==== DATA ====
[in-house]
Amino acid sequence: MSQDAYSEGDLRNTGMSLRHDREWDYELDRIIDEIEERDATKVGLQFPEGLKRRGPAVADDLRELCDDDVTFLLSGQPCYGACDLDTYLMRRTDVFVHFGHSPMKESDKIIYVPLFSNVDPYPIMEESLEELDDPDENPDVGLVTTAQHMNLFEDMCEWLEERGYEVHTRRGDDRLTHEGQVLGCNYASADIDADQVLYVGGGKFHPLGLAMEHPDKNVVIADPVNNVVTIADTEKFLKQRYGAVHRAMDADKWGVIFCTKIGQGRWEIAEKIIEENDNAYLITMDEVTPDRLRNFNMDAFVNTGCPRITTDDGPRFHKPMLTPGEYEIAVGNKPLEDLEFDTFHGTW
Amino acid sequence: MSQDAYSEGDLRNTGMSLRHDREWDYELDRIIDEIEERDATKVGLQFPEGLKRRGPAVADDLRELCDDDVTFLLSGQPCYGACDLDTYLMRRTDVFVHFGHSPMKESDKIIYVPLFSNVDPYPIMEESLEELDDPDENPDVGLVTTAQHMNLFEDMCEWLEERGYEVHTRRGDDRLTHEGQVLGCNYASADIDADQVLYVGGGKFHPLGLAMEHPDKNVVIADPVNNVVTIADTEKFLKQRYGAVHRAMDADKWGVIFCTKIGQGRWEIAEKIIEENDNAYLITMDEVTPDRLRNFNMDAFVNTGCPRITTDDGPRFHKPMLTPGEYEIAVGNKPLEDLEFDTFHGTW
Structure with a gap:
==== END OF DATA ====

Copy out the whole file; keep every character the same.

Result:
[in-house]
Amino acid sequence: MSQDAYSEGDLRNTGMSLRHDREWDYELDRIIDEIEERDATKVGLQFPEGLKRRGPAVADDLRELCDDDVTFLLSGQPCYGACDLDTYLMRRTDVFVHFGHSPMKESDKIIYVPLFSNVDPYPIMEESLEELDDPDENPDVGLVTTAQHMNLFEDMCEWLEERGYEVHTRRGDDRLTHEGQVLGCNYASADIDADQVLYVGGGKFHPLGLAMEHPDKNVVIADPVNNVVTIADTEKFLKQRYGAVHRAMDADKWGVIFCTKIGQGRWEIAEKIIEENDNAYLITMDEVTPDRLRNFNMDAFVNTGCPRITTDDGPRFHKPMLTPGEYEIAVGNKPLEDLEFDTFHGTW
Amino acid sequence: MSQDAYSEGDLRNTGMSLRHDREWDYELDRIIDEIEERDATKVGLQFPEGLKRRGPAVADDLRELCDDDVTFLLSGQPCYGACDLDTYLMRRTDVFVHFGHSPMKESDKIIYVPLFSNVDPYPIMEESLEELDDPDENPDVGLVTTAQHMNLFEDMCEWLEERGYEVHTRRGDDRLTHEGQVLGCNYASADIDADQVLYVGGGKFHPLGLAMEHPDKNVVIADPVNNVVTIADTEKFLKQRYGAVHRAMDADKWGVIFCTKIGQGRWEIAEKIIEENDNAYLITMDEVTPDRLRNFNMDAFVNTGCPRITTDDGPRFHKPMLTPGEYEIAVGNKPLEDLEFDTFHGTW
Structure with a gap: